• You can use drip irrigation or overhead watering. If you’re using overhead watering, it’s a best practice to water early in the day to reduce the risk of fungi diseases in your plants.
  • If your summer weather is hot and dry, you may need to water more frequently.
  • If parsley runs completely out of moisture, it will die immediately. Over-watering will drown the roots.

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  • Parsley grows well with asparagus, carrots, chives, onions, roses, and tomatoes.
  • Parsley helps repel diseases and insects that bother tomatoes and roses.
  • Make a parsley tea and spray your asparagus with it to repel asparagus beetles.
  • Parsley is a good deterrent to carrot flies.
  • Make a tea from chopped chives to combat downy and powdery mildews in your parsley patch. Or plant it near your parsley to improve its flavor.
  • Onions will repel most insects from the areas in which other plants reside, from aphids and weevils to moles and rust flies.
  • Although I haven’t tried this personally, some gardeners insist that planting parsley at the bases of their rose bushes enhances their roses’ fragrance.
  • Mint and parsley are said to not play well together; again, I have no experience with this except with catmint, and I didn’t see any issues there, but I have read that mint roots can overpower parsley roots.

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  • Once your parsley starts producing leaf stems with three branches, you can start removing a stem or two.
  • The plants should be about 6 inches tall at this point; start by removing selected lower stems.
  • “Pruning” your parsley will also encourage it to grow more stems and faster.
  • Don’t prune the tops of the parsley plant or you’ll inhibit growth.
  • Second year parsley, if it survives the winter, is typically more bitter than first year plants.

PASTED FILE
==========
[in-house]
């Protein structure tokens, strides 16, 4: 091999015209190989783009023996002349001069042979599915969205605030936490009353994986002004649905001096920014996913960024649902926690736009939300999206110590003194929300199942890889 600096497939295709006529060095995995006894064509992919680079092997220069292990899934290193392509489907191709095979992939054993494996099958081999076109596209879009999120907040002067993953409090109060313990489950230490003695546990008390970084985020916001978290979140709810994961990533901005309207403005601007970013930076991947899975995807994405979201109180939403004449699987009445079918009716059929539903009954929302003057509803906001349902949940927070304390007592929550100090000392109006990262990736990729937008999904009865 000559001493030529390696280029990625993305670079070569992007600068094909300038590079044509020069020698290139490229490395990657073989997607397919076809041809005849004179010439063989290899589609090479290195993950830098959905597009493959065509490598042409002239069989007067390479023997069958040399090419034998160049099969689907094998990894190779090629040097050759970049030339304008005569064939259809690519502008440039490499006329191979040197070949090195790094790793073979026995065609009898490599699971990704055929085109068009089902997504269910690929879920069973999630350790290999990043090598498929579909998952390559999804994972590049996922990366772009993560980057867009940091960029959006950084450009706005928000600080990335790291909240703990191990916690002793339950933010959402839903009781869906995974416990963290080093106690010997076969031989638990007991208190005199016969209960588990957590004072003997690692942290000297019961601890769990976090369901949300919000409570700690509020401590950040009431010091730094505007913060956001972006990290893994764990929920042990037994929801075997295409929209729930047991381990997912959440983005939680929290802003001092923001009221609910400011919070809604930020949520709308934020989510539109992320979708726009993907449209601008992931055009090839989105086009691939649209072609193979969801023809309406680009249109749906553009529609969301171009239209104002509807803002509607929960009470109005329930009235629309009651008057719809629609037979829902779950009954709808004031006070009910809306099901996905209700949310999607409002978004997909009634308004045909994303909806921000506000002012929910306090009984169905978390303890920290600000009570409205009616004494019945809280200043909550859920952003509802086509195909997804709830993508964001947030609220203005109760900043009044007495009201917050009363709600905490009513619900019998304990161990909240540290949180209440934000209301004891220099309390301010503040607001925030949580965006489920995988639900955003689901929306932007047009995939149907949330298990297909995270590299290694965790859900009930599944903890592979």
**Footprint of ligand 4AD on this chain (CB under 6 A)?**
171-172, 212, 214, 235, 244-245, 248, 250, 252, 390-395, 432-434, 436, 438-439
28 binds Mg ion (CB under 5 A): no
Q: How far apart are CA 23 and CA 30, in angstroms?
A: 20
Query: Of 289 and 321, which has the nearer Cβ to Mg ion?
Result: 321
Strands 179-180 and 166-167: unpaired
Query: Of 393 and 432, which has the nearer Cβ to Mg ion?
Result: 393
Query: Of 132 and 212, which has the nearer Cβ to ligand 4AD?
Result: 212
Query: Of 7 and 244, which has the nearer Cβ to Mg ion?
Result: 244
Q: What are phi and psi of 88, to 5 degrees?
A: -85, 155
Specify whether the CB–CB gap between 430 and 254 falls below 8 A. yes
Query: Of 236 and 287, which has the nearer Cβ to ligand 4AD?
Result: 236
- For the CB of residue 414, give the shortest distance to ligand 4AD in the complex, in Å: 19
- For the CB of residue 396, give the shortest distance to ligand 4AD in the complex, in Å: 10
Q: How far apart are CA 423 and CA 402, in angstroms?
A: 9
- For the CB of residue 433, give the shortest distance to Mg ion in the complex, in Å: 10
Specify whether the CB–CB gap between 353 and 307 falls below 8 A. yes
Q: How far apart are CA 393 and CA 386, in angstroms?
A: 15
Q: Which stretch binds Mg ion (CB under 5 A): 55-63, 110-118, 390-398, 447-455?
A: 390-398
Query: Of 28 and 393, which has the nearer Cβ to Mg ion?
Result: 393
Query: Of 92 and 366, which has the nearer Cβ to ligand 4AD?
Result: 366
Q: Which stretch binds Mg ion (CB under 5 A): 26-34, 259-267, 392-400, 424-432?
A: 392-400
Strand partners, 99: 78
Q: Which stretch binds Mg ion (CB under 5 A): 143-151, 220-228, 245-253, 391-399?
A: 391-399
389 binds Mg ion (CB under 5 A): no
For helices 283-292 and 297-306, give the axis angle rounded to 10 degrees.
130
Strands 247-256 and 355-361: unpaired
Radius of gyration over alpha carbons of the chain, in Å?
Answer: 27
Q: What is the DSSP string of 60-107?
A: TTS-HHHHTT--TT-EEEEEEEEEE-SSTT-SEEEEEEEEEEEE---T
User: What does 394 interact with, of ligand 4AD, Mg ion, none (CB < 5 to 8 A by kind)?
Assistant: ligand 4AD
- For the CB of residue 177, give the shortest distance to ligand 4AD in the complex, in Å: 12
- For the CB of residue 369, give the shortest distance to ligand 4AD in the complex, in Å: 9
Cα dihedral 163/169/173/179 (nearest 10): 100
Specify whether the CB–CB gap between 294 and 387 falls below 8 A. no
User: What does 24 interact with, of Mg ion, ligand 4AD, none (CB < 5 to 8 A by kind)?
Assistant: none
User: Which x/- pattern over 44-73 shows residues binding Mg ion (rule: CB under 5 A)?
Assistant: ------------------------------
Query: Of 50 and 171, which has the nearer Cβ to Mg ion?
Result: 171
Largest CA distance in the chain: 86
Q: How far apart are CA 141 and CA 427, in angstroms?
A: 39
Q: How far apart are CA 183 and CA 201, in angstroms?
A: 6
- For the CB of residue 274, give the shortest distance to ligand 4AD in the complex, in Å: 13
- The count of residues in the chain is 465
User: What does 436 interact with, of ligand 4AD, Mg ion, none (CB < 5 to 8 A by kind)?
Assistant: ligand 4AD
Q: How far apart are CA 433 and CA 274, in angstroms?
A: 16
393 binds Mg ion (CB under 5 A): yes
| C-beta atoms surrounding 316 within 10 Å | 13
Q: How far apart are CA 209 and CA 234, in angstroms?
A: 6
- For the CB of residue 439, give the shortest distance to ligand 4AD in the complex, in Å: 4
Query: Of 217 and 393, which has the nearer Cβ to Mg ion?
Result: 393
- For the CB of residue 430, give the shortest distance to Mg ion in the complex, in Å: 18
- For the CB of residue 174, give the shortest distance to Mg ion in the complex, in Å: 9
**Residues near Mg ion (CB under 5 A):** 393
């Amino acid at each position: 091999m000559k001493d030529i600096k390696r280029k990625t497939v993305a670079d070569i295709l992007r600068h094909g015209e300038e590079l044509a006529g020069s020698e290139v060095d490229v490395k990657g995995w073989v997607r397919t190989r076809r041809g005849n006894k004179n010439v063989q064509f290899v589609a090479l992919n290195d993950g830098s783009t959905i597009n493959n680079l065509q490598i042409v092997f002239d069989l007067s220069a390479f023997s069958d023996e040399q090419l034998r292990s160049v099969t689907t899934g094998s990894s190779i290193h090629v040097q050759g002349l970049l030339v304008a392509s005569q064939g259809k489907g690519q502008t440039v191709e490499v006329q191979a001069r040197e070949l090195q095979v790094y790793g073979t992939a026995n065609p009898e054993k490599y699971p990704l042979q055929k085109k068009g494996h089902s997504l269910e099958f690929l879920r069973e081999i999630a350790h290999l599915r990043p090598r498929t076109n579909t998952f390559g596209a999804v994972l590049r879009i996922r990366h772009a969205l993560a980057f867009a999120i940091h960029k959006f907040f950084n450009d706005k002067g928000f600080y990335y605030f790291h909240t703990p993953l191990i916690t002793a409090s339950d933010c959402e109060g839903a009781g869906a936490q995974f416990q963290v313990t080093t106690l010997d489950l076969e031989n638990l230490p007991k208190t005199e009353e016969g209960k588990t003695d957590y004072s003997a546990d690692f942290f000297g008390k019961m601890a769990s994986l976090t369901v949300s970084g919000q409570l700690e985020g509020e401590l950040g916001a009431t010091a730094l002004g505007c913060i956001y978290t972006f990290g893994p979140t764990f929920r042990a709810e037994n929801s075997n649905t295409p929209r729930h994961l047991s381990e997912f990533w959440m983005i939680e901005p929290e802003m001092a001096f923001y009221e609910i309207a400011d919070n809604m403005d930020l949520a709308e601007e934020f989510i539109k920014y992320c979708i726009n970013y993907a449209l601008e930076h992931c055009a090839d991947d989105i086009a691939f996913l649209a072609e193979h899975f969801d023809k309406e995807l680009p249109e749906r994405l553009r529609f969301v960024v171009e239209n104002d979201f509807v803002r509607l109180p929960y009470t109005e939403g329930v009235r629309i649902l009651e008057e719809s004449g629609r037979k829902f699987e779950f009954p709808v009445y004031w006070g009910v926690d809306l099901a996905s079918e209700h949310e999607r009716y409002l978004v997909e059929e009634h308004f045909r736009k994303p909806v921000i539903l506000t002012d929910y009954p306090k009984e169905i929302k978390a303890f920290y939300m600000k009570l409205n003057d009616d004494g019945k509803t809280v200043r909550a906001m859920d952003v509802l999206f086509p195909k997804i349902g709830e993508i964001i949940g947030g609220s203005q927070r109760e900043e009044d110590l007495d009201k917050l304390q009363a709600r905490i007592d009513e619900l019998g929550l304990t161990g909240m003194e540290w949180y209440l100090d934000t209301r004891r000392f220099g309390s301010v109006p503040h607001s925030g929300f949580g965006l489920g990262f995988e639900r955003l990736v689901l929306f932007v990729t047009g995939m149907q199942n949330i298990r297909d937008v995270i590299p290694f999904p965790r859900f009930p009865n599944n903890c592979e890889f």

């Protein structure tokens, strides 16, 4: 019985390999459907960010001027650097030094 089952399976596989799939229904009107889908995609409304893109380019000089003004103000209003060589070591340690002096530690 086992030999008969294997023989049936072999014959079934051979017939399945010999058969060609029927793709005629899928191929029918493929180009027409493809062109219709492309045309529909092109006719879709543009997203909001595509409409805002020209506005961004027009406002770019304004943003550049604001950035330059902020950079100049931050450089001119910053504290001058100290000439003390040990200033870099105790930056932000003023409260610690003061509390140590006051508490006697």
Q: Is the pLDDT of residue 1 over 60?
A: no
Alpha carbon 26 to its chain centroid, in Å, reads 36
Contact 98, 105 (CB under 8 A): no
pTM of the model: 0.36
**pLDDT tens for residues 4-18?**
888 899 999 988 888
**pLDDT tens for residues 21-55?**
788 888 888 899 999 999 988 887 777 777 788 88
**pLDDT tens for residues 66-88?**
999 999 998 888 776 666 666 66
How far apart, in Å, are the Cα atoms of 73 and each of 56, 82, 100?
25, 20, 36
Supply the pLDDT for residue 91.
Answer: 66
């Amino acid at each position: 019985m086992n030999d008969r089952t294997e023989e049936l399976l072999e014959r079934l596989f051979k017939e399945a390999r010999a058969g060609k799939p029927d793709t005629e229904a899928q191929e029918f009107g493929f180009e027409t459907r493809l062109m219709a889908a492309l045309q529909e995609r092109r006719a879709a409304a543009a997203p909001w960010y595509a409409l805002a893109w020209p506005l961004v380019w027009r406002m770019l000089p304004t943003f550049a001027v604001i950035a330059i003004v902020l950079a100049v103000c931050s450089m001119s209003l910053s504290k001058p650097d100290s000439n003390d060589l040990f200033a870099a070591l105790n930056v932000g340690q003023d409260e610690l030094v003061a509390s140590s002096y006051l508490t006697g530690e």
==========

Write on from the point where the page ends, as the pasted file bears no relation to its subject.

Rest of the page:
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  • Parsley will store well in a Zip Lock-type bag in your fridge for around 2 weeks.
  • You can also dry parsley for use in soups or tea at a later date by hanging bunches upside down in a dark, warm, dry place.
  • Another quick drying method is to place your leaves on a pan in a warm oven for a few minutes at around 100 to 110°F.
  • You can also freeze fresh parsley in Zip Lock-type bags or sealed plastic containers. If you’re using this in soups, use immediately on removing it from the freezer.
  • You can’t use frozen parsley anywhere except cooking that we know of.

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  • The carrot rust fly is a perennial issue in parsley gardens. This fly is about 1/5 of an inch long and is green or black with yellow “hair,” head, and legs.
  • The main problem with this fly is that it lays eggs in the crowns of plants which hatch into yellow-white larvae that attacks the roots of carrots, celery, parsley, and parsnips.
  • This leads to root rot and death in your garden plants.
  • Rotating your crops may help, or planting later after the maggots have starved to death.
  • Row covers are another option to keep the flies out of these vegetables.
  • You could also sprinkle powdered wormwood or rock phosphate on your plants to discourage the carrot flies from laying their eggs on the plants.
  • Flea beetles are another garden pest that attack parsley (among other garden produce).
  • These tiny beetles chew holes in leaves and stems of seedling which is when they’re most vulnerable, and can weaken or kill the plants.
  • Row covers are effective if they’re completely sealed with dirt or sandbags.
  • Check under your row covers to make sure you beat the beetles to your plants and to make sure the weeds aren’t choking your plants either.
  • Proper nutrition and watering also helps your plants resist flea beetles.
  • One effective remedy for these beetles is powdering your plants with diatomaceous earth.
  • Food grade diatomaceous earth, which is composed of powdered fossilized algae, possesses razor sharp edges which are innocuous to most animals but fatal to insects.
  • When insects such as slugs, thrips, fly maggots, aphids, grubs, caterpillars, or mites ingest diatomaceous earth, it punctures their guts and they die from dehydration.
  • For most insects, controlling weeds is also very important. Removing weeds and debris from your garden destroys their habitat.
  • The parsley worm is another pest that needs controlled. Initially its brown and white, then changes to green, yellow, and black (just to confuse you!).